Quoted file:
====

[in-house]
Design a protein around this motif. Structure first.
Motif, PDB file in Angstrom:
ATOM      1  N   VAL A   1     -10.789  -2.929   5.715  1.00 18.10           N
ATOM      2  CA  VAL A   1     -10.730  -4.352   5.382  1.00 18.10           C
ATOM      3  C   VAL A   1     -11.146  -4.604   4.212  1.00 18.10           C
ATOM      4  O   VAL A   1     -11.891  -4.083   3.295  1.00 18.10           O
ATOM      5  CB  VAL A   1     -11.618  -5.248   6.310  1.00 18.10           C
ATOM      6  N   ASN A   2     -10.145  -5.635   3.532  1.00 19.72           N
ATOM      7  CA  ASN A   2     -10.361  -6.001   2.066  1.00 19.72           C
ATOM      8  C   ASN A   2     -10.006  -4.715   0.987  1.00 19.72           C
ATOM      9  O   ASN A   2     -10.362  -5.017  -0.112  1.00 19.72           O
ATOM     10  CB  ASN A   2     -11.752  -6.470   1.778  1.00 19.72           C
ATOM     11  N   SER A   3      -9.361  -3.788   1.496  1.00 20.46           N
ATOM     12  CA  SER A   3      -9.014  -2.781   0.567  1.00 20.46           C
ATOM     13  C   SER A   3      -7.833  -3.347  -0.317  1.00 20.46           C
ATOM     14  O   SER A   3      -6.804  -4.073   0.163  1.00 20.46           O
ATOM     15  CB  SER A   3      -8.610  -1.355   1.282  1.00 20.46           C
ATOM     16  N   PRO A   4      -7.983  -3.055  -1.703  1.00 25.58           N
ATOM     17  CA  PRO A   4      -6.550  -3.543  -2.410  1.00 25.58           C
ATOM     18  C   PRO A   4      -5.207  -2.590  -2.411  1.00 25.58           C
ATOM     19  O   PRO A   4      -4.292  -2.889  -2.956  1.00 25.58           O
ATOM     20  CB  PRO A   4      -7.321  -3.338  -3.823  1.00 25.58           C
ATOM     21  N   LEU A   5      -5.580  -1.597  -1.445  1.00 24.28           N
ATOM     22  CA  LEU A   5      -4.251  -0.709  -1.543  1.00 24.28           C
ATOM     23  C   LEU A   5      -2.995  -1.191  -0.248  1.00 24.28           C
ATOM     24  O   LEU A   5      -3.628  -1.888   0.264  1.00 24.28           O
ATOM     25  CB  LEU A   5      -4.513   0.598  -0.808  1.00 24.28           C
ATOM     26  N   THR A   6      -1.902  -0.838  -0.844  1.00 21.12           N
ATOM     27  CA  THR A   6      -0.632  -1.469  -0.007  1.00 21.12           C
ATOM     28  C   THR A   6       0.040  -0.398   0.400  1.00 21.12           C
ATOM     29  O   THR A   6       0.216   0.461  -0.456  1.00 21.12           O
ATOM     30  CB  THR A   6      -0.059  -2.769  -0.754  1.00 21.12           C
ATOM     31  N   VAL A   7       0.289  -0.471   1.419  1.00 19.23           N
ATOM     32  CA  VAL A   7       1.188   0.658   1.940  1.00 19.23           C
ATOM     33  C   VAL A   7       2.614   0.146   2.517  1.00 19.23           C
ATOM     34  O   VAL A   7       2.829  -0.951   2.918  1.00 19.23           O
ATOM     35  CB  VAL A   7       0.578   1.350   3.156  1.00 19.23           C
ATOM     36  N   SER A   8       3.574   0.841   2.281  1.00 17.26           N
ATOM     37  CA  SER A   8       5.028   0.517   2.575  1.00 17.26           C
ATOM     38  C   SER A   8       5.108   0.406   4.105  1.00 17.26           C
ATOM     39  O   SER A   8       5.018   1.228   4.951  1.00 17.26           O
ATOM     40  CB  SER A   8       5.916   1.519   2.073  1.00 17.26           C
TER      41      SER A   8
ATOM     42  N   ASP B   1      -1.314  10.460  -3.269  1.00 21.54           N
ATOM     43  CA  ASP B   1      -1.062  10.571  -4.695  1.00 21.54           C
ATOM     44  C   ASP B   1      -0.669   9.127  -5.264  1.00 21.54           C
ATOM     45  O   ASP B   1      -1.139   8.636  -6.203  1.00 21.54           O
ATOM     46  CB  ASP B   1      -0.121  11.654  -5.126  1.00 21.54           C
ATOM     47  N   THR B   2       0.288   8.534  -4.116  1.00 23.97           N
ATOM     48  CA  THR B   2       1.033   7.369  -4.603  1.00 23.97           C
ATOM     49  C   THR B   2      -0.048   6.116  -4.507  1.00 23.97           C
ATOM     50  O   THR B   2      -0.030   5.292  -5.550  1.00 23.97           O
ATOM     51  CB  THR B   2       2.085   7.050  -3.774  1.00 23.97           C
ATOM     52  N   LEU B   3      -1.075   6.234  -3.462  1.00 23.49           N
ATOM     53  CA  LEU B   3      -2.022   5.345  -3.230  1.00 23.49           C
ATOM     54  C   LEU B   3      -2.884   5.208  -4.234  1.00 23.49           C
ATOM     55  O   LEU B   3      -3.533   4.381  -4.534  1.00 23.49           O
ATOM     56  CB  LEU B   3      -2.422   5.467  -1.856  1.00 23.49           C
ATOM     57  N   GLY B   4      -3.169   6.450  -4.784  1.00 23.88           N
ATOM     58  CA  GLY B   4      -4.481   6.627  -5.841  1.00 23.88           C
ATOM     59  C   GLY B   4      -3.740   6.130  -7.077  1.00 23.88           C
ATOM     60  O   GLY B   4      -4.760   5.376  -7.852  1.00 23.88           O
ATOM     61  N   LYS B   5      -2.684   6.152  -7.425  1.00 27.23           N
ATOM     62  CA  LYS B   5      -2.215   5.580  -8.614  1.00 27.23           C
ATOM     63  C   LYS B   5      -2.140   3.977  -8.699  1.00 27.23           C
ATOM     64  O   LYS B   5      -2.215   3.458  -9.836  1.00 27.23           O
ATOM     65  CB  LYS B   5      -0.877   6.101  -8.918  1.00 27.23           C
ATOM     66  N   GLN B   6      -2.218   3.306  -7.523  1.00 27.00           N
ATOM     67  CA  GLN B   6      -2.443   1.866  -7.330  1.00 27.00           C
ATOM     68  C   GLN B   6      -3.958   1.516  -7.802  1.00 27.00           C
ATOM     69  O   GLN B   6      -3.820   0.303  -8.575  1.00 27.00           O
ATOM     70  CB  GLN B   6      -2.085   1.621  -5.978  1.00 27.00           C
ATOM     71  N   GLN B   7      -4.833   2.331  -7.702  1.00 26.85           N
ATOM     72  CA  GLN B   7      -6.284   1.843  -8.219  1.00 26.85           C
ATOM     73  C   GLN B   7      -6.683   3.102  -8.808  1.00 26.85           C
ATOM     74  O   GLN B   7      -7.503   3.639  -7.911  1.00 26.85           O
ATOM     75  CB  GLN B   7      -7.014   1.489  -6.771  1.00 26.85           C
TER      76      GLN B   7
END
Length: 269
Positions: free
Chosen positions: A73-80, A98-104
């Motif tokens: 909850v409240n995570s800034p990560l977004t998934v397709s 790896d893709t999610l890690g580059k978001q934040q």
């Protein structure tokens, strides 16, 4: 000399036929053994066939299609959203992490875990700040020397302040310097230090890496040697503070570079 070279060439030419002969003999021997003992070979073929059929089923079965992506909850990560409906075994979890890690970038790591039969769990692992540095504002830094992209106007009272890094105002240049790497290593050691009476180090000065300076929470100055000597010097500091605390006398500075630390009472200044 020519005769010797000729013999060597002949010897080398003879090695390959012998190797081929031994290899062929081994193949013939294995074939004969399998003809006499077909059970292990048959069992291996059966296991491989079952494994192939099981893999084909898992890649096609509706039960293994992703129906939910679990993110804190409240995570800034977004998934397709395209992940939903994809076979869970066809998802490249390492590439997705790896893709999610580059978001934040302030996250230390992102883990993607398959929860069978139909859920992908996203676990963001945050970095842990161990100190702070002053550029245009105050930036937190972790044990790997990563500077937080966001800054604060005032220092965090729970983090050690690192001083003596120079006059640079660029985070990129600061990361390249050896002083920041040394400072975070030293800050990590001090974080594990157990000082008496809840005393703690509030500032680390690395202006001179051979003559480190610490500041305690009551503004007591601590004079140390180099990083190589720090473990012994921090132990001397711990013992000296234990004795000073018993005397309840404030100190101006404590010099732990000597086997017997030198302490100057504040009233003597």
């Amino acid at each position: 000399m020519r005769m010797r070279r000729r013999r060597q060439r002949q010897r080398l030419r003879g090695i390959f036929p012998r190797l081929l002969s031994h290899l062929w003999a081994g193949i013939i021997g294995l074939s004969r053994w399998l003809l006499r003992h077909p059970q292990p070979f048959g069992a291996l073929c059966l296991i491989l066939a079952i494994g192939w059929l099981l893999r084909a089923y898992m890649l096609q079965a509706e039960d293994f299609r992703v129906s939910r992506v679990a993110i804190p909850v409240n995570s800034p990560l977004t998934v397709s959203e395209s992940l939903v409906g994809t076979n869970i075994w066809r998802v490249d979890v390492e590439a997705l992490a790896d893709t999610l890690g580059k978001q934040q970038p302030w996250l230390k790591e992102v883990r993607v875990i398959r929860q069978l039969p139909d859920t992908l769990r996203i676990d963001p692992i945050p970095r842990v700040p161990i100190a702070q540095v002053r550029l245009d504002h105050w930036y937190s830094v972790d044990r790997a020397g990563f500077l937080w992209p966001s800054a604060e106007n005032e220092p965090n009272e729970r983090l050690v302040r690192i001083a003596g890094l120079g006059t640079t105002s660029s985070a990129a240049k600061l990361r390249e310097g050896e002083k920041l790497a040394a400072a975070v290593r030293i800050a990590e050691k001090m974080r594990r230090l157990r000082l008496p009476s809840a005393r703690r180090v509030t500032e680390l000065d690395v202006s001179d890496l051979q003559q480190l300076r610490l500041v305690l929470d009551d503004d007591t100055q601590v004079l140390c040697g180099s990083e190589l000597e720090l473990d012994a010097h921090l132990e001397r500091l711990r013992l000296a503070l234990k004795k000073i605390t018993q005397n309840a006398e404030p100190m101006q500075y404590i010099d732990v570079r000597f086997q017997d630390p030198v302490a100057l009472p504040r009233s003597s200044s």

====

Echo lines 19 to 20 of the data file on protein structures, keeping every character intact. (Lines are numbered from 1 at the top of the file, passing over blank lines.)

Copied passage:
ATOM     16  N   PRO A   4      -7.983  -3.055  -1.703  1.00 25.58           N
ATOM     17  CA  PRO A   4      -6.550  -3.543  -2.410  1.00 25.58           C